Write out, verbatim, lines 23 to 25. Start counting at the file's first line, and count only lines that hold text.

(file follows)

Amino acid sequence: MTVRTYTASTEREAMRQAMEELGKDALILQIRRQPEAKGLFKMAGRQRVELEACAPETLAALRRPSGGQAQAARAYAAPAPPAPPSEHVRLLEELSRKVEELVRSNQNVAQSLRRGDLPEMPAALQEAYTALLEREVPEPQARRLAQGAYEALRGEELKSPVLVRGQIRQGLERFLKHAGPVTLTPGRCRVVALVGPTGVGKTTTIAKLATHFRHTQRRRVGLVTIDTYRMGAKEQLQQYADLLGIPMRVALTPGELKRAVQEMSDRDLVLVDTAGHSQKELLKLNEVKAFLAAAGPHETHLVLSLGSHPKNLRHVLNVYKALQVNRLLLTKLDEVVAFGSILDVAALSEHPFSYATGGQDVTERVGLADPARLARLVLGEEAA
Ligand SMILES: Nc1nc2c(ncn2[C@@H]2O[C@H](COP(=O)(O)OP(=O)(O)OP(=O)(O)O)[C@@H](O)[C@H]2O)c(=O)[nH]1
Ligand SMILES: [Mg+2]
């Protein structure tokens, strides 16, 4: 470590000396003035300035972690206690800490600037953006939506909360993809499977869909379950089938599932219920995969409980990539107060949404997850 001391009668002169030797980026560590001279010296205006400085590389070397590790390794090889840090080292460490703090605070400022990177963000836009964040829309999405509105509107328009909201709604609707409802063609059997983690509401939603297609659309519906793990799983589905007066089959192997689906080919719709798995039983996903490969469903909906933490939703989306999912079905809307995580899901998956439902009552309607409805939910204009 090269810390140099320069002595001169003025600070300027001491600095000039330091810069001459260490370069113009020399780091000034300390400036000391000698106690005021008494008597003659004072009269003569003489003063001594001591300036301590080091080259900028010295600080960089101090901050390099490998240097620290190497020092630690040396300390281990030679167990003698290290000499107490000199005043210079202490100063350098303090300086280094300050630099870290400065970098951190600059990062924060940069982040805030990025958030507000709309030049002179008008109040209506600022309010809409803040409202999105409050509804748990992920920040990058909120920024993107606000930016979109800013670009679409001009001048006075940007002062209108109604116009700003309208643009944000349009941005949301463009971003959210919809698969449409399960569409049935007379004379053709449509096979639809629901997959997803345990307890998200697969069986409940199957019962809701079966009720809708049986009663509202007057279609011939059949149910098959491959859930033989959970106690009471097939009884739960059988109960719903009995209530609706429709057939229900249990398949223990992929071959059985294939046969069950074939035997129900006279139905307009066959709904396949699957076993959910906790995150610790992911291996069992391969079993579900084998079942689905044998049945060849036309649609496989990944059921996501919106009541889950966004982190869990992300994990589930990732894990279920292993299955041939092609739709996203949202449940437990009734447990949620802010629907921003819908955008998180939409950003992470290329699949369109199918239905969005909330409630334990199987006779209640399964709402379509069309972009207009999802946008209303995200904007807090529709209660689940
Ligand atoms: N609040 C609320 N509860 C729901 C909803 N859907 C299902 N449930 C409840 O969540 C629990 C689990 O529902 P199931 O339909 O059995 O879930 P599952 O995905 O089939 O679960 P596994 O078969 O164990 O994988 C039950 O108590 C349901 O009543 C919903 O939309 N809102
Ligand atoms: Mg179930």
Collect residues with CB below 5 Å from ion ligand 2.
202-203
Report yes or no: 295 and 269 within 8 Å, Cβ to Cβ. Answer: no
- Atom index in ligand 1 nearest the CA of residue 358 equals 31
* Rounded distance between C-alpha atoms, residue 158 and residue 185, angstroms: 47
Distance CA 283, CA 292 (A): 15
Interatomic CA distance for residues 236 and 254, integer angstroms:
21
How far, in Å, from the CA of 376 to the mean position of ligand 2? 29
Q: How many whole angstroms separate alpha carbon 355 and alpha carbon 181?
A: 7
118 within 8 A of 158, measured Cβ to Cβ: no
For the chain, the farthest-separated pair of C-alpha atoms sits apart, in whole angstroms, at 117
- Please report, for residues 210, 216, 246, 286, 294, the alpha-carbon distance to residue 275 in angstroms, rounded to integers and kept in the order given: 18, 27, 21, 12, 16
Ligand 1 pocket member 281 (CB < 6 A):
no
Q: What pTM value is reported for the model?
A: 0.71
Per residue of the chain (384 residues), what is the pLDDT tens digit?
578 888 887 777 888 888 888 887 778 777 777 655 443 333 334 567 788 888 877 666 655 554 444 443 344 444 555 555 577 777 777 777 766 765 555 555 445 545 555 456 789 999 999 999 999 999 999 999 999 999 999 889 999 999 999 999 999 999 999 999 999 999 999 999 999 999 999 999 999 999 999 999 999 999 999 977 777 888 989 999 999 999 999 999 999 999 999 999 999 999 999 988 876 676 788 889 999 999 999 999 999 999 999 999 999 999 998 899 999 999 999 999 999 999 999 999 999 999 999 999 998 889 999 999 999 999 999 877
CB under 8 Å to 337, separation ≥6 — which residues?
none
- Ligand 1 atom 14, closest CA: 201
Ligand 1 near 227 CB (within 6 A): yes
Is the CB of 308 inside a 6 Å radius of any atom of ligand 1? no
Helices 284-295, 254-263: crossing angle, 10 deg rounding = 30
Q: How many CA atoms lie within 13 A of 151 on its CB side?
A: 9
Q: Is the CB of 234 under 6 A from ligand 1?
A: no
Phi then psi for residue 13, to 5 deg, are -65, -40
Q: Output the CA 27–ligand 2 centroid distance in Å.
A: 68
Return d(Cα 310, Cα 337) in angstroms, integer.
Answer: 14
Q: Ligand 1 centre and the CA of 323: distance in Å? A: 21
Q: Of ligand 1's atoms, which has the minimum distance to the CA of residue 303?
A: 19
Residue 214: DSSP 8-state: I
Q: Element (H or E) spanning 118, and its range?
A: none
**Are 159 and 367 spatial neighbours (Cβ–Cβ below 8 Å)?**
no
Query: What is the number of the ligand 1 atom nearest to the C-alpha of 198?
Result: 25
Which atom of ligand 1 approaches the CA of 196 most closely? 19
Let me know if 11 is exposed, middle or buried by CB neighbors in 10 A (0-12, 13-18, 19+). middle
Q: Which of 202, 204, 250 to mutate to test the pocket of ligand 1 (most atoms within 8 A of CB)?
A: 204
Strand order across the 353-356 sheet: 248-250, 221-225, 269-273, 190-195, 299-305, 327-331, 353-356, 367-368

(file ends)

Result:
Q: What pTM value is reported for the model?
A: 0.71
Per residue of the chain (384 residues), what is the pLDDT tens digit?